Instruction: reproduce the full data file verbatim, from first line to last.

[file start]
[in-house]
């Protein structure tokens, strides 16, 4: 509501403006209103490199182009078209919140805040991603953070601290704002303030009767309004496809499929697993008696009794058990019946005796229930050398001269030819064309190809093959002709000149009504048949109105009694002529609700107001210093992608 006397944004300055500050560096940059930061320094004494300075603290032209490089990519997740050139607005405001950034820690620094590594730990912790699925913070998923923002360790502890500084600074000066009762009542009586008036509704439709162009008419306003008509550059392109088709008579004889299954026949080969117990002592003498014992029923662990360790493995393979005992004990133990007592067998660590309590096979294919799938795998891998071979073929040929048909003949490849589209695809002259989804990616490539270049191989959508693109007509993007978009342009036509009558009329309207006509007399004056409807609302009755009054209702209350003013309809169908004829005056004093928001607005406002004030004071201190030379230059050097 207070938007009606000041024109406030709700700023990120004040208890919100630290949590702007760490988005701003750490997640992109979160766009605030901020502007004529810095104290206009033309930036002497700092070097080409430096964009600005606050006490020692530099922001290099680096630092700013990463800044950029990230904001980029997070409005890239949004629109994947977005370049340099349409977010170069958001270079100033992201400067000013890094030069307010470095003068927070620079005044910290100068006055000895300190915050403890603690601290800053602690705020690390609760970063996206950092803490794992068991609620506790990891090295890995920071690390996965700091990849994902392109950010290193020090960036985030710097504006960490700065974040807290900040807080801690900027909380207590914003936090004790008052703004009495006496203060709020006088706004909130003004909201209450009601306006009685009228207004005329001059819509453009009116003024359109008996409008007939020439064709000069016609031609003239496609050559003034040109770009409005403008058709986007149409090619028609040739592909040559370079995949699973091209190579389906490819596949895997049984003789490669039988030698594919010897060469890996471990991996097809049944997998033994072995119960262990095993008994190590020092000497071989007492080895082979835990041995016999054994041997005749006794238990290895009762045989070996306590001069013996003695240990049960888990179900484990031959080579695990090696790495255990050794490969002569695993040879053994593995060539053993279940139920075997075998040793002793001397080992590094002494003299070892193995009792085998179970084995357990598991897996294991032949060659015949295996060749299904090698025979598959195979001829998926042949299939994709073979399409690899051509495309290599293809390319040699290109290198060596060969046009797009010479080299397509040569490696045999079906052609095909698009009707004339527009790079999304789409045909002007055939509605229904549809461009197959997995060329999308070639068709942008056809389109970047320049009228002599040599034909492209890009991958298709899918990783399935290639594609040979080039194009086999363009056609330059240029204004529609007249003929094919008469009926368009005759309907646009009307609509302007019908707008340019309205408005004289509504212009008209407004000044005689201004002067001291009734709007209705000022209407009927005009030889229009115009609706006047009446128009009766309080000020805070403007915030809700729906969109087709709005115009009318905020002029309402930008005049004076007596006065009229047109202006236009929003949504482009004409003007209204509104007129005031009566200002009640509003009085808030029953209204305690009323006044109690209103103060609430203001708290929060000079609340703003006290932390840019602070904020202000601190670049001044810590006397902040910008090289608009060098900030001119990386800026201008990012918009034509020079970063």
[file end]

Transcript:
[in-house]
């Protein structure tokens, strides 16, 4: 509501403006209103490199182009078209919140805040991603953070601290704002303030009767309004496809499929697993008696009794058990019946005796229930050398001269030819064309190809093959002709000149009504048949109105009694002529609700107001210093992608 006397944004300055500050560096940059930061320094004494300075603290032209490089990519997740050139607005405001950034820690620094590594730990912790699925913070998923923002360790502890500084600074000066009762009542009586008036509704439709162009008419306003008509550059392109088709008579004889299954026949080969117990002592003498014992029923662990360790493995393979005992004990133990007592067998660590309590096979294919799938795998891998071979073929040929048909003949490849589209695809002259989804990616490539270049191989959508693109007509993007978009342009036509009558009329309207006509007399004056409807609302009755009054209702209350003013309809169908004829005056004093928001607005406002004030004071201190030379230059050097 207070938007009606000041024109406030709700700023990120004040208890919100630290949590702007760490988005701003750490997640992109979160766009605030901020502007004529810095104290206009033309930036002497700092070097080409430096964009600005606050006490020692530099922001290099680096630092700013990463800044950029990230904001980029997070409005890239949004629109994947977005370049340099349409977010170069958001270079100033992201400067000013890094030069307010470095003068927070620079005044910290100068006055000895300190915050403890603690601290800053602690705020690390609760970063996206950092803490794992068991609620506790990891090295890995920071690390996965700091990849994902392109950010290193020090960036985030710097504006960490700065974040807290900040807080801690900027909380207590914003936090004790008052703004009495006496203060709020006088706004909130003004909201209450009601306006009685009228207004005329001059819509453009009116003024359109008996409008007939020439064709000069016609031609003239496609050559003034040109770009409005403008058709986007149409090619028609040739592909040559370079995949699973091209190579389906490819596949895997049984003789490669039988030698594919010897060469890996471990991996097809049944997998033994072995119960262990095993008994190590020092000497071989007492080895082979835990041995016999054994041997005749006794238990290895009762045989070996306590001069013996003695240990049960888990179900484990031959080579695990090696790495255990050794490969002569695993040879053994593995060539053993279940139920075997075998040793002793001397080992590094002494003299070892193995009792085998179970084995357990598991897996294991032949060659015949295996060749299904090698025979598959195979001829998926042949299939994709073979399409690899051509495309290599293809390319040699290109290198060596060969046009797009010479080299397509040569490696045999079906052609095909698009009707004339527009790079999304789409045909002007055939509605229904549809461009197959997995060329999308070639068709942008056809389109970047320049009228002599040599034909492209890009991958298709899918990783399935290639594609040979080039194009086999363009056609330059240029204004529609007249003929094919008469009926368009005759309907646009009307609509302007019908707008340019309205408005004289509504212009008209407004000044005689201004002067001291009734709007209705000022209407009927005009030889229009115009609706006047009446128009009766309080000020805070403007915030809700729906969109087709709005115009009318905020002029309402930008005049004076007596006065009229047109202006236009929003949504482009004409003007209204509104007129005031009566200002009640509003009085808030029953209204305690009323006044109690209103103060609430203001708290929060000079609340703003006290932390840019602070904020202000601190670049001044810590006397902040910008090289608009060098900030001119990386800026201008990012918009034509020079970063």